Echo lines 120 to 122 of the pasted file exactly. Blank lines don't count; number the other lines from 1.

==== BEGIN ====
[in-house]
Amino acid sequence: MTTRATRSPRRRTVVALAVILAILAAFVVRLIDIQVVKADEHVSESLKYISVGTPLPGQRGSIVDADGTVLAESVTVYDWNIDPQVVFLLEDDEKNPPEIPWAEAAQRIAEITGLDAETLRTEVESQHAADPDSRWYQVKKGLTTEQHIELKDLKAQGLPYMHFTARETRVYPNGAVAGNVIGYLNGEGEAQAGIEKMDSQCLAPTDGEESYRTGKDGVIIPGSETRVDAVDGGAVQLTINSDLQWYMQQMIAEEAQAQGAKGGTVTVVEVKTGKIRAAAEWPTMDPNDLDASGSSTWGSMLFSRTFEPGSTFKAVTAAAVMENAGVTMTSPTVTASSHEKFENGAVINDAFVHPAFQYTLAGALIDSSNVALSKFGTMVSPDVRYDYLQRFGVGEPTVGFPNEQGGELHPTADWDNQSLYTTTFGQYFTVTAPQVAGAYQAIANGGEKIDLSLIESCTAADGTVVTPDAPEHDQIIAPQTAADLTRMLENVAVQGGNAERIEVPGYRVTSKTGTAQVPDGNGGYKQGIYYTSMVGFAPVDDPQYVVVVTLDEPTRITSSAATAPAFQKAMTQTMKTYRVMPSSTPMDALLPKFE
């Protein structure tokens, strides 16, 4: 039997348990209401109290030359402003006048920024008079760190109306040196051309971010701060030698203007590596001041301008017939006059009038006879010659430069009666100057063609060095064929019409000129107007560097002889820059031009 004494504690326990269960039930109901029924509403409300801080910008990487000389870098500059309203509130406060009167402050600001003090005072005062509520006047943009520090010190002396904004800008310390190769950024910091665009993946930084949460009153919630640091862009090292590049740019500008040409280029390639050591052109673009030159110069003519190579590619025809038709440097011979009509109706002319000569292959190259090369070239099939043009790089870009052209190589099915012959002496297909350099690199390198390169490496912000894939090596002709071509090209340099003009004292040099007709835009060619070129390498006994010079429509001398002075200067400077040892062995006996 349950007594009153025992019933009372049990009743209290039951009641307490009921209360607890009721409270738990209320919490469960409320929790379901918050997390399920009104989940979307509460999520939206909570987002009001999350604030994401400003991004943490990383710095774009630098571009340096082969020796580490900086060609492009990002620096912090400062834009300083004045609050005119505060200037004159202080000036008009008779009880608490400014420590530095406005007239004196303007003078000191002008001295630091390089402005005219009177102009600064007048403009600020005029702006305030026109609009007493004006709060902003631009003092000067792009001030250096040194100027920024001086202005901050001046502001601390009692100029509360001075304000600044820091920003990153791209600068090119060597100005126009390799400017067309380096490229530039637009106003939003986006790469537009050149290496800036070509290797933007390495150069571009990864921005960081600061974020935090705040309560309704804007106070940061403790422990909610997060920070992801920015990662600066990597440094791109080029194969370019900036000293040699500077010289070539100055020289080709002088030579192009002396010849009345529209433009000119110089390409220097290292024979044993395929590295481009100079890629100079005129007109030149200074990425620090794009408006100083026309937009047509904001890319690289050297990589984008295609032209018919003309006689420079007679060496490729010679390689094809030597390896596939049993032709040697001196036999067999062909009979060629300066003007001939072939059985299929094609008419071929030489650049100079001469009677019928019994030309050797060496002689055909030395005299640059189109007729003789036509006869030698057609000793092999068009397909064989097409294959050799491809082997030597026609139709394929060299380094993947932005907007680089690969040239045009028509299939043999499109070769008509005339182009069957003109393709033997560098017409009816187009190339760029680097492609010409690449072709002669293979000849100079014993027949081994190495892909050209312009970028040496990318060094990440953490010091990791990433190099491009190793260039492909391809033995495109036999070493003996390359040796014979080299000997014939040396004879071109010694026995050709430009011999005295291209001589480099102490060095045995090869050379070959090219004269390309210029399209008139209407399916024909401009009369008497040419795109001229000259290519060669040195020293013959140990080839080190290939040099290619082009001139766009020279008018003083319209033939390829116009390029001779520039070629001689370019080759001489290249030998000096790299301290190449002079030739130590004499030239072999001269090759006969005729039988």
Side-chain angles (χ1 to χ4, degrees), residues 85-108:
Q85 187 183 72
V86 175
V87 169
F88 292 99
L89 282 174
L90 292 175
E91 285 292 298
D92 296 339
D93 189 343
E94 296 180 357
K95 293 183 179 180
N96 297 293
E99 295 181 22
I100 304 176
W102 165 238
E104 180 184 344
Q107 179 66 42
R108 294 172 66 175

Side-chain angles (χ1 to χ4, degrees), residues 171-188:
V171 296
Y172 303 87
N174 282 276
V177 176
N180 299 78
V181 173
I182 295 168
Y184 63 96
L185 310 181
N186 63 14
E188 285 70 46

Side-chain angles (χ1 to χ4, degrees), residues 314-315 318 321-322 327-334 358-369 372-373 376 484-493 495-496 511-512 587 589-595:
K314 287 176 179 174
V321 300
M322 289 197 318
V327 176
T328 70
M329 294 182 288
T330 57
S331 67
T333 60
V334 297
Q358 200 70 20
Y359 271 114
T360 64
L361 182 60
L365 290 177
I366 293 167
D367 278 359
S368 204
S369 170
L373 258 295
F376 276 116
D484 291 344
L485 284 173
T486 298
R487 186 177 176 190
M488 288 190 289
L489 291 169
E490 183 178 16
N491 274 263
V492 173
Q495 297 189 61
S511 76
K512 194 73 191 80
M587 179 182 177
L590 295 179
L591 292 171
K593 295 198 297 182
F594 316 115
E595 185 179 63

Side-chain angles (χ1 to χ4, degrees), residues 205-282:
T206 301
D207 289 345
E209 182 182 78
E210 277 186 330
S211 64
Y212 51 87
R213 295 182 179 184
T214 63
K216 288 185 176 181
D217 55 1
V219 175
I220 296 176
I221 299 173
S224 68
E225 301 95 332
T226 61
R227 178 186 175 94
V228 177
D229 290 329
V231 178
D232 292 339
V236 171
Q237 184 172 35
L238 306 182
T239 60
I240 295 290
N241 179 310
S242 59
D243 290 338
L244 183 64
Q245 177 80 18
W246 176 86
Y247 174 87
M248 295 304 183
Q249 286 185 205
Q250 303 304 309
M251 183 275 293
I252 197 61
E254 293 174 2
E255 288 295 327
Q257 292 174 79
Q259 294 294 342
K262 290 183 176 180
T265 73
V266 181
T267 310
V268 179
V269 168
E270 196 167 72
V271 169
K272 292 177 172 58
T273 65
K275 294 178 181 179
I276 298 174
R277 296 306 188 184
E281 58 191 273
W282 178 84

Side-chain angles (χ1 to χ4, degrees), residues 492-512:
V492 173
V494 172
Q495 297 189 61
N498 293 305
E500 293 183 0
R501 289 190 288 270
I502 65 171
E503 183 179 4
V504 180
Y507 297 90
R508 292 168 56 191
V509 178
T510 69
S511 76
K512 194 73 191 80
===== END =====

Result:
V266 181
T267 310
V268 179